Progress on this journey often comes in small increments, sometimes two steps forward, one step back, propelled by the persistent effort of dedicated citizens. And then sometimes, there are days like this when that slow, steady effort is rewarded with justice that arrives like a thunderbolt.

Jessica Piper is one of those citizens Obama was referring to when he talked about progress coming in small incremental steps. I'm sure there are thousands like her all over the country. A thunderbolt of justice isn't likely to arrive without their courageous, tireless efforts.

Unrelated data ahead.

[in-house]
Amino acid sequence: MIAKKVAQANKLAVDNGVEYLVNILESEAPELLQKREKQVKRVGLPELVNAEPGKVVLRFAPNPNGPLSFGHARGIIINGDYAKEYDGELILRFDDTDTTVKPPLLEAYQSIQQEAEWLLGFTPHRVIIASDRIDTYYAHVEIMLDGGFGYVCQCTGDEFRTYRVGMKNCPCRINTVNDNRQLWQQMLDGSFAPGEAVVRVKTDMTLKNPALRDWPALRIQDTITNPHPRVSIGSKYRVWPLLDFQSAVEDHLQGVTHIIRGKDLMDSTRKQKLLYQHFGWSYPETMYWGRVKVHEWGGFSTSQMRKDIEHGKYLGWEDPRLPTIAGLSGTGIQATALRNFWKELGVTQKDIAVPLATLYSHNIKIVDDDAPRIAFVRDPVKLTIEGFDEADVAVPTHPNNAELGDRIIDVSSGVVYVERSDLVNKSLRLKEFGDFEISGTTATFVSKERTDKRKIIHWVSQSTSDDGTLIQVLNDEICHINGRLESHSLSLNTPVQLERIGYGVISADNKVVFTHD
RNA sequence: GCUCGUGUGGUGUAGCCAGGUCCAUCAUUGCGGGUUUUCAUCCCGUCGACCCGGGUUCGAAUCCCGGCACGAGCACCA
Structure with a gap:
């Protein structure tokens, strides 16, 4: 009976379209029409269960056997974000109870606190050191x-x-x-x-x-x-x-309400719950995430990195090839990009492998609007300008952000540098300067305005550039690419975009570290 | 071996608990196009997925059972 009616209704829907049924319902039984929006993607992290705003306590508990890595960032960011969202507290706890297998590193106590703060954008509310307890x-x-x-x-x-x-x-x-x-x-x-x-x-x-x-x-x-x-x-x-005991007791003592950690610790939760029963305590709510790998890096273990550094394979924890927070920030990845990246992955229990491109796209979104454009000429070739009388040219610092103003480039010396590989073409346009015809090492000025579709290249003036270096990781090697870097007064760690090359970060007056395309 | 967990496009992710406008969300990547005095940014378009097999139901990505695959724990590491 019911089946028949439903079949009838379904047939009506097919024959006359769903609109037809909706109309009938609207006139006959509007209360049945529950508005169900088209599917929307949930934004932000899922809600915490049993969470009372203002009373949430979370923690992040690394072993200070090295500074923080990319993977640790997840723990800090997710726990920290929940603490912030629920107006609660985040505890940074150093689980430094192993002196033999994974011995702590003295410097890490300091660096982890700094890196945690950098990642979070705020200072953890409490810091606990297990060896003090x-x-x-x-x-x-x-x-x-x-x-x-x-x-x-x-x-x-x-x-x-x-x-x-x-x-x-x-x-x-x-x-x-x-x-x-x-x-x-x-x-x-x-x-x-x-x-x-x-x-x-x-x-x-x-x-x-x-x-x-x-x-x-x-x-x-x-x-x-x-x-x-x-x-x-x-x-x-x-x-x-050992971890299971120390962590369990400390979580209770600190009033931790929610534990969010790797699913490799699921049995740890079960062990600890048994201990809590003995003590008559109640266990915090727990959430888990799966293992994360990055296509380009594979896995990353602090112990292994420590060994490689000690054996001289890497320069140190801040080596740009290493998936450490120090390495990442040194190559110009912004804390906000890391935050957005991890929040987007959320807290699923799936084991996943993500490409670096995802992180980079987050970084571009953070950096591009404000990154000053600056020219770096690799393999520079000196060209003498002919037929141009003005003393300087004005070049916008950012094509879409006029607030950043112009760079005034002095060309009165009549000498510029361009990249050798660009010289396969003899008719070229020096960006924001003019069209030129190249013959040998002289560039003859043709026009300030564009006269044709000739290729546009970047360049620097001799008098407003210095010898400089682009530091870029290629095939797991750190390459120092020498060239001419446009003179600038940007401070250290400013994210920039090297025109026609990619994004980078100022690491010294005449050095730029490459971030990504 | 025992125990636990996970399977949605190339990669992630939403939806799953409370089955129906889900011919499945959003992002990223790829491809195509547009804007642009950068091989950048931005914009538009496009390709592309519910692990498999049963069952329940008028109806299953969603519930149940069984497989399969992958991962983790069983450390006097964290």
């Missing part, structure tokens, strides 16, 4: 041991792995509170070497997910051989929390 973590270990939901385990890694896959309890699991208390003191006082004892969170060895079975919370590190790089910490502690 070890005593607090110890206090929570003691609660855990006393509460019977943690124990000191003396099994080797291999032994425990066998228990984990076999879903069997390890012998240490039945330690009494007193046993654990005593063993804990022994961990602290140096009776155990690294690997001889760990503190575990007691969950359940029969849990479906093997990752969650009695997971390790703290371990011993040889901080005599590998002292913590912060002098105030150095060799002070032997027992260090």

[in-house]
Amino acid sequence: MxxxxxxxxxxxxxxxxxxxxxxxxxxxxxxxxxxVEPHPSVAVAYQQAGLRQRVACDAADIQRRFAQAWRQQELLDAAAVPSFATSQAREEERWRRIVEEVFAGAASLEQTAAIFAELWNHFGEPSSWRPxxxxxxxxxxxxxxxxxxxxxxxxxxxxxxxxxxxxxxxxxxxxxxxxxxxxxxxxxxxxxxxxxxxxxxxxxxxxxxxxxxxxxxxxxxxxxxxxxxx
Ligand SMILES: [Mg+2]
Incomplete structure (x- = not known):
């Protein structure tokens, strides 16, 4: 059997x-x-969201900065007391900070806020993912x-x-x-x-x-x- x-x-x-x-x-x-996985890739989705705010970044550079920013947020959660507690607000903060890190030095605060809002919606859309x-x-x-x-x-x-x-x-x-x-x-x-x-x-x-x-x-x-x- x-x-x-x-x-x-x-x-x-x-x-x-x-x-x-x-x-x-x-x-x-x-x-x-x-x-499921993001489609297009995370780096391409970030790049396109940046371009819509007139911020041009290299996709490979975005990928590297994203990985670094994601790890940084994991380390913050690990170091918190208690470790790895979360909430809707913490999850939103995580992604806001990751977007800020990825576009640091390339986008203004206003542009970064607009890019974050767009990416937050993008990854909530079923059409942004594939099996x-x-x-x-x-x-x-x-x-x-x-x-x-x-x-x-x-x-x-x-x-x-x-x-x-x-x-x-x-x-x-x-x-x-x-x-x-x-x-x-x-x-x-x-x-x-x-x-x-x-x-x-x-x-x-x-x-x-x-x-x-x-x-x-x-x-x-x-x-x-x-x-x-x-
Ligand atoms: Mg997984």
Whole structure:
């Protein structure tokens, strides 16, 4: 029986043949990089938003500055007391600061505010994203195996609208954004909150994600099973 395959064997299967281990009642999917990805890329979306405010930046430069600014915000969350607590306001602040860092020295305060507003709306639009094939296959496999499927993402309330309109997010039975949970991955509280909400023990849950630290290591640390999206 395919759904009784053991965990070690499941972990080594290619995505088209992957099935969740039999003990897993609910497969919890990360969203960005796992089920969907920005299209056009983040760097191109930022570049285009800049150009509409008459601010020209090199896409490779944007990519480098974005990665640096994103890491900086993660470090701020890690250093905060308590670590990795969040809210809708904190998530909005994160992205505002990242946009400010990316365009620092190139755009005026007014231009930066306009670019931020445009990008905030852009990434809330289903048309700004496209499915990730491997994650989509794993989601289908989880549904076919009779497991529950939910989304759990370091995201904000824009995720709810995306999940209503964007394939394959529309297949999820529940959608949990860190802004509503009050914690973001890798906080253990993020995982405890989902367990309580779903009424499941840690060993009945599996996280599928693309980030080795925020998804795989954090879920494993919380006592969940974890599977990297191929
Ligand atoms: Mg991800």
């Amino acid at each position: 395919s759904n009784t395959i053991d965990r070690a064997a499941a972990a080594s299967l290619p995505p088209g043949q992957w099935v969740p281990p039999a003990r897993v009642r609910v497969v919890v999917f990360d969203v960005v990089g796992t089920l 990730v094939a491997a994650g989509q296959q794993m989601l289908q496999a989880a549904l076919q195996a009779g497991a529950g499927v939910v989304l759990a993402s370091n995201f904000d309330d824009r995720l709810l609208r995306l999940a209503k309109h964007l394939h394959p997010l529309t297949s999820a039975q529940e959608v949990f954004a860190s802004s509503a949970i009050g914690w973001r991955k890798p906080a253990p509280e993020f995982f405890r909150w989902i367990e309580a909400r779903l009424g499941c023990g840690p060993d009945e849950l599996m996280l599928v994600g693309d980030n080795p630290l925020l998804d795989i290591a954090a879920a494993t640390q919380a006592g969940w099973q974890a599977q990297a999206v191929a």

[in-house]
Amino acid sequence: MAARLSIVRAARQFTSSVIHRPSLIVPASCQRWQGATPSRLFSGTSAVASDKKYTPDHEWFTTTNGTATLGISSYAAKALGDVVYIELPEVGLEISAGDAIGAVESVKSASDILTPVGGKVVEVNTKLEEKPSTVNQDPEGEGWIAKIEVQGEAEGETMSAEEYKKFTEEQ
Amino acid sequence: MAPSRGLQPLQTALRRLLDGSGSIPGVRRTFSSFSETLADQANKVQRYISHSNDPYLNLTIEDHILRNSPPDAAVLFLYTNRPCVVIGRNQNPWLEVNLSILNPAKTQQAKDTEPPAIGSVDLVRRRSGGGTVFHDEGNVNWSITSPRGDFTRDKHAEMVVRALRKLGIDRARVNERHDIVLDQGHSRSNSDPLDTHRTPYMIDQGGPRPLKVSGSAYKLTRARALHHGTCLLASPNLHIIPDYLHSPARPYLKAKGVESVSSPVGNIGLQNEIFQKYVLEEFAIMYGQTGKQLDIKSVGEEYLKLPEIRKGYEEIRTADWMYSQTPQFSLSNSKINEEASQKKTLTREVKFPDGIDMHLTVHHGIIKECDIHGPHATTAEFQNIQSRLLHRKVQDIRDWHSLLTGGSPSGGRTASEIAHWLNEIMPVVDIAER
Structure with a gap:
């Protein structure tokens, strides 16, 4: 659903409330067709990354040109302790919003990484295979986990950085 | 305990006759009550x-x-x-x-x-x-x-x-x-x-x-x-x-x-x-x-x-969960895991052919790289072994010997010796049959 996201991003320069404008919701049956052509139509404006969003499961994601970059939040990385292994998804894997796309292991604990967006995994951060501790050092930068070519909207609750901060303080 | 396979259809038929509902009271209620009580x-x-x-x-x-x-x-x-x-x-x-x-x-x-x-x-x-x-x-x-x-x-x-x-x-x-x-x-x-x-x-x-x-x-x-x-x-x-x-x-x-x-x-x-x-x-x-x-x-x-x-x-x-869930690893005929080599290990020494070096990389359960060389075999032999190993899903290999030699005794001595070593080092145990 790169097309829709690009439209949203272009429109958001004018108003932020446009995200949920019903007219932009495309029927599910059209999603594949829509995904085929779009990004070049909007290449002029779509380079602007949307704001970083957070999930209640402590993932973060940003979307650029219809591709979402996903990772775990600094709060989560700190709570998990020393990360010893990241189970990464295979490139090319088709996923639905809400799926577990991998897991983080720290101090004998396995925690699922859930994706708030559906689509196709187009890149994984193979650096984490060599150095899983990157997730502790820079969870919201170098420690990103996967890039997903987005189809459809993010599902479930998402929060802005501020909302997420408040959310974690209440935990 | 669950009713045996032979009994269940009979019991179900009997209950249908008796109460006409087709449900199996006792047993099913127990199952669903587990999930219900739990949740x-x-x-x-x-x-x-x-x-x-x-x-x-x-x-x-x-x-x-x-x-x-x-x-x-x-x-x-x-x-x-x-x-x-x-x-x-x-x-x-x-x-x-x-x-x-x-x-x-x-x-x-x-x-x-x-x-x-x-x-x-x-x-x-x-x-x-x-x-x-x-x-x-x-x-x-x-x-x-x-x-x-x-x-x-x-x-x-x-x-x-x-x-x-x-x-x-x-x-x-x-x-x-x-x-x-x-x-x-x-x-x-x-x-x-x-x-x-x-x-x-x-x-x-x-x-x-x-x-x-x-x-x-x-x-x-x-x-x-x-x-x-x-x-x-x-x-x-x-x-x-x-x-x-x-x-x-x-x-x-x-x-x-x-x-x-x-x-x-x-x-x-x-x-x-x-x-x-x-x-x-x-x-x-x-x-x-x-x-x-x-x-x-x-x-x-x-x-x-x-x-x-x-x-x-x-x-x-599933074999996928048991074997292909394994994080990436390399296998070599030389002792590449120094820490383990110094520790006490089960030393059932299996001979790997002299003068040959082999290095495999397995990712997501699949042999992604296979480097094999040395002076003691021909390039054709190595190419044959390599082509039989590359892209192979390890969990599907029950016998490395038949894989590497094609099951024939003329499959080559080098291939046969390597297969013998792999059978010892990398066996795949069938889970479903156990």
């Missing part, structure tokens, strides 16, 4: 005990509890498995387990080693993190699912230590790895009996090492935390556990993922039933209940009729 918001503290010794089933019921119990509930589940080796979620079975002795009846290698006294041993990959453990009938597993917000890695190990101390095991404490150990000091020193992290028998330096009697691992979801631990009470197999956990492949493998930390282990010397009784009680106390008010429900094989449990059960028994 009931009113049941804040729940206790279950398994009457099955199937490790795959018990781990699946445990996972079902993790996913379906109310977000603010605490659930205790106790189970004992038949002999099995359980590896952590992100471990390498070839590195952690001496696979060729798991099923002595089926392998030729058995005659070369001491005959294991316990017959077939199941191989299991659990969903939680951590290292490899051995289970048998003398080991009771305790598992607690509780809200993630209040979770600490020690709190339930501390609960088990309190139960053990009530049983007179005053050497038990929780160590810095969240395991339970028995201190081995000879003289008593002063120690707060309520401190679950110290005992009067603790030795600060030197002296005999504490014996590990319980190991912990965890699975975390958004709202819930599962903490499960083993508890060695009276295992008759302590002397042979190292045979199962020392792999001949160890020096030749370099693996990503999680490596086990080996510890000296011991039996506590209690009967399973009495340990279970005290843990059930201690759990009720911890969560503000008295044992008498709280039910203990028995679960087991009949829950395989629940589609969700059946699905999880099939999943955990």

1 comment:

  1. I found this post enormously helpful and encouraging, since I didn't know of her, perhaps because of her obvious lack of success. She is eloquent and hard working, focused on what she believes, and a model in what she believes as well. Still, she did fail, and I'm still despairing of a country not showing much in the ways of steps forward, divided rock solid between two beliefs, one as toxic and irrational as it sounds in her quotes.